Information Security

How to Fight against Most Spread Recent Cyberattack Types

According to the FBI, as more and more people prefer remote or online working after 2020, the number of cyberattacks to disrupt online activities is also growing. It has been researched that a single successful cyber attack can impact an organization and its users increasingly for years.

For instance, between 2017 and 2020 the number of records exposed due to data leaks grew from 197 million up to 37 billion, though the total number of data leaks decreased. As IBM informs, only in the USA, between 2018 and 2020, the average cost of data leak for the companies that fell victim to cyberattacks grew from $ 7.91M to $ 8.64M.

A number of methods used by cyber criminals are based on a human’s mistake, when even the smartest employees’ unconscious clicks can lead to malicious links. While other cyberattack methods take advantage of your data security gaps to get access to your confidential data.

Here are 7 most common cyberattacks your organization can face in 2021 and ways to prevent the data leaking they can cause.

1.Malicious software attacks

Malware means numerous types of software aimed at infiltrating, spying on or creating a backdoor in an organization’s data system, including trojans, worms, ransomware, spyware and adware. According to experts’ reports, since the beginning of 2020 malware usage has grown up to 800%.

Malware can cause serious data leakage and disrupt business operations. For example, Microsoft fell victim to ransomware when WannaCry made use of its operation weak points and plenty of banks, medical service providers and other companies all over the world got one and the same message on their displays:


To restore access to their computers and also to all the unbacked-up files, companies had to pay redemption to WannaCry creators in Bitcoin.

Malware is usually downloaded unintentionally by clicking a malicious link when a user is made to think to be downloading something legal though it is not.

How to defend against malware attacks

Reduce the chance ofbeing infected by malicious software by teaching your employees how to detect suspicious links and pop up windows.

Use extra means of protection against malware, such as antivirus software and operating system renewal to patch known security gaps. For instance, Equifax data leak could have been prevented should a proper be installed timely.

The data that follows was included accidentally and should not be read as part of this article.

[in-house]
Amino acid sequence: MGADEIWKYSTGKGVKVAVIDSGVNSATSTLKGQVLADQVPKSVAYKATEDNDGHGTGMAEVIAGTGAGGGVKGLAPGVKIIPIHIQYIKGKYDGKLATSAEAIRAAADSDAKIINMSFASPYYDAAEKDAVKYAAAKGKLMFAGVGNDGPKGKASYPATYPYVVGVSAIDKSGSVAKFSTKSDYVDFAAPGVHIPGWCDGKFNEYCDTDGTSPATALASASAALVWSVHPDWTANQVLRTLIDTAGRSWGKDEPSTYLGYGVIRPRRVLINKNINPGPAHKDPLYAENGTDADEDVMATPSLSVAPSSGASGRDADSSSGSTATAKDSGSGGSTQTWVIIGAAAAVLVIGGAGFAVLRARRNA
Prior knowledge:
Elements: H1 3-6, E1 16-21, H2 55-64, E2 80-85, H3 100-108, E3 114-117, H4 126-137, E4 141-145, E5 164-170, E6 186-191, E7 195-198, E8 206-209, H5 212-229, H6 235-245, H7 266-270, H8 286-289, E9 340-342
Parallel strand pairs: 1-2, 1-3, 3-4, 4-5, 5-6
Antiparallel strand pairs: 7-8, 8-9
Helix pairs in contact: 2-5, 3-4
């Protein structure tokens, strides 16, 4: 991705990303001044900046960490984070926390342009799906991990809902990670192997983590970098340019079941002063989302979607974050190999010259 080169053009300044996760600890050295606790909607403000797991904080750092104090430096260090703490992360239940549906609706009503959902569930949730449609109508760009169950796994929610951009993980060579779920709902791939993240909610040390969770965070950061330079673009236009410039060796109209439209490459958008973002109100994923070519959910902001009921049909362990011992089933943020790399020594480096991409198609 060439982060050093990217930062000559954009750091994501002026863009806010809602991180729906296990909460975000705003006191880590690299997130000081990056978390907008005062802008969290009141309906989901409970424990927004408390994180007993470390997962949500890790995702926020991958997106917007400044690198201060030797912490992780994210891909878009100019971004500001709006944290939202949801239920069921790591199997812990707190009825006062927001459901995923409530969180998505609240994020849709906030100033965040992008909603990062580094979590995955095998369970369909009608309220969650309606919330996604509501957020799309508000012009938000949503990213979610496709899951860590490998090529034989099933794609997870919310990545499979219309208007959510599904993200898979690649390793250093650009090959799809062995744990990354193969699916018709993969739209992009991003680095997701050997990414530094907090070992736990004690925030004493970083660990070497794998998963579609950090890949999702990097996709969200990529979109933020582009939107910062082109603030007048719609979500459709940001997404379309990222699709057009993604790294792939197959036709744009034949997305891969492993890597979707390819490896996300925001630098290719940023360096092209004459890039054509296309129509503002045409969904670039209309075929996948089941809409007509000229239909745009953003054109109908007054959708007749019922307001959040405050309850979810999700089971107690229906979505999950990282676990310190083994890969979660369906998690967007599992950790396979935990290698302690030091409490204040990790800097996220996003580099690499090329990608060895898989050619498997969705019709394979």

2.Phishing attacks

Phishing attacks are aimed at stealing users’ information or making them download malicious software by sending emails and text messages. It is a scam though looks like a real request. 

Verizon reports that phishing attacks are the most widely-spread reason for data leakage all over the world in 2021 and caused most prominent cases of cybercrime last decade. By breaching the AP News account the intruder falsely twitted that the White House fell victim to a targeted phishing attack (spear-phishing). So did the bad actors who breached the election campaign chairman’s confidential emails to Hillary Clinton before the 2016 election.

How to protect against phishing attacks

The best way to defend your company from phishing attacks is to educate your employees in identifying suspicious emails and text messages. CSO has made a list of sources that can assist you in teaching your teams how to detect phishing attacks

3. DDoS attacks

DDoS (Distributed denial of service) attacks violate the traffic of an application, website, service or a server by suppressing it with a flow of a compromised computer net (botnet ) trafic, that prevents real users from gaining access to it. The hardest DDoS attack in history took place in 2018 when GitHub received 1,35 terabits of traffic per second and was offline for about 20 minutes as a result.

According to Kaspersky security company, DDoS attacks are a common thing and their number increased by 50% for only one year, the most significant surge occurring at the beginning of pandemic 2020.

How to protect yourself from Distributed denial of service attacks

DDoS attacks are tricky to identify as they are hardly differentiated from legitimate traffic. Some ways of protection include blocking of all traffic for a while, traffic rate-limitation to a website, using a web application firewall to detect suspicious traffic patterns, or distributing traffic across a network of servers to cut the attack’s effect. 

4. Man-in-the-middle attacks